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News: Epigraphy-Paleography
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The Ark tablet. 1700 BC. Photo: Douglas Simmons/The British Museum.
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by Archaeology Newsroom

How to Build Noah’s Ark

Instructions' text in Babylonian to be displayed at the British Museum

A recently translated Babylonian cuneiform tablet bearing instructions on how to built an Ark like Noah’s is soon to be displayed at the British Museum, where it is kept since the end of WWII.

The tablet, dating from around 1700 BC, was brought to Britain from the Middle East by veteran RAF officer, Leonard Simmons. Yearts later, the officer’s son, Douglas, demonstrated it to scholar Irving Finkel, during an open day at the British Museum.

Finkel translated the text, which was found to bear precise instructions on how to build an Ark, including its exact dimensions, the presice amount of rope needed during the vessel’s construction, the use of two kinds of bitumen and the crucial detail that should be circular in shape! What comes out is a huge circular coracle, 3,600 sq. m. in dimension, made like a giant rope-basket strengthened with wooden ribs, and waterproofed with bitumen inside and out.

According to Finkel, who has written the book The Ark Before Noah, what the tablet mentions is the original version of the Biblical account concerning how Noah built an Ark to retain life when God decided to destroy the rest of the world as a result of sin. The story gives an account far older than the Biblical one, linked also to other Babylonian stories about a great flood and the order by God to the one just man to build a boat and save himself, his family, and all the animals. Among such accounts are references in the epic poem of Gilgamesh (including the part in the so-called ‘flood tablet’ of the 7th c. BC, kept at the British Museum) and the legend of another Babylonian tablet showing the earliest attested map of the world, also kept in the BM (700-500 BC). However, the newly found text is the only text giving such presice instructions on how to built the vessel, which is in fact “a giant version of a craft which the Babylonians knew very well, in daily use up to the late 20th century to transport people and animals across rivers”, according to Finkel.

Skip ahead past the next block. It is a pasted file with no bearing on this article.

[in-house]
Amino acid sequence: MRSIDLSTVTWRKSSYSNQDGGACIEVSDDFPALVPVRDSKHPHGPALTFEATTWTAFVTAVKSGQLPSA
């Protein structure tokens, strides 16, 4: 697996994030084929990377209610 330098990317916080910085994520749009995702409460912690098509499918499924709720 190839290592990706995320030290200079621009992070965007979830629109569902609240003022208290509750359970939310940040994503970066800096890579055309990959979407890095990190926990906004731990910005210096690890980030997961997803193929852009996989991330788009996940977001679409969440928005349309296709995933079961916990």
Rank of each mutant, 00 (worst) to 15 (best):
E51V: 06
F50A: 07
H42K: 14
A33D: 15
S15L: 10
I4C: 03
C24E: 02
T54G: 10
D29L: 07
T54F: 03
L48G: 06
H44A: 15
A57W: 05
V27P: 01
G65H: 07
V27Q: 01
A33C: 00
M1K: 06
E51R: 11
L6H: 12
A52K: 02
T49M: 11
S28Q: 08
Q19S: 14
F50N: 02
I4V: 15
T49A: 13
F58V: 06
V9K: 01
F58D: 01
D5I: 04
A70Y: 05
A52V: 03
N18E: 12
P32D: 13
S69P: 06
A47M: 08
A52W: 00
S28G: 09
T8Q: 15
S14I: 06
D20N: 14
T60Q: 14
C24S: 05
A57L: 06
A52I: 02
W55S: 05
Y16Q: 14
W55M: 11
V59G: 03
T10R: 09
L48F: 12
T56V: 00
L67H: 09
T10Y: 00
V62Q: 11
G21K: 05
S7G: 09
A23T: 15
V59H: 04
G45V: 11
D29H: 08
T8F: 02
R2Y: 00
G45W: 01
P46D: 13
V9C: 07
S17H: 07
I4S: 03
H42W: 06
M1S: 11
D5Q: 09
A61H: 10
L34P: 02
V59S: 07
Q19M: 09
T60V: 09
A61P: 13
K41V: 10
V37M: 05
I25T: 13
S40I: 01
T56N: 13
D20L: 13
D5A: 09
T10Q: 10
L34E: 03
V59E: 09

Finkel supports that the writers of the Bible drew on such ancient accounts on the ‘Cataclysm’ and how to face it, encountered by Hebrew scholars during the Babylonian exile. As for the existence of the vessel and the Ark story bearing at least a glimpse of truth, he denies it. On the contrary, the scholar considers this account as evidence of a storyteller adding convincing details for an audience that knew all about boat-building. “I am 107% convinced the ark never existed,”  Finkel said, although he describes the clay tablet as “one of the most important human documents ever discovered”. He also points out that according to Babylonian narratives, such as the famous ‘flood tablet’,  the Ark was in the direction of but far beyond Mount Ararat, where it remained after the Cataclysm according to the Bible.

According to the Guardian, the clay tablet is going on display at the British Museum, loaned by Douglas Simmons, beside the tablet with the earliest map of the world, as seen from ancient Babylon. The flood tablet helped explain details of the map, which shows islands beyond the river marking the edge of the known world, with the text on the back explaining that on one are the remains of the Ark.

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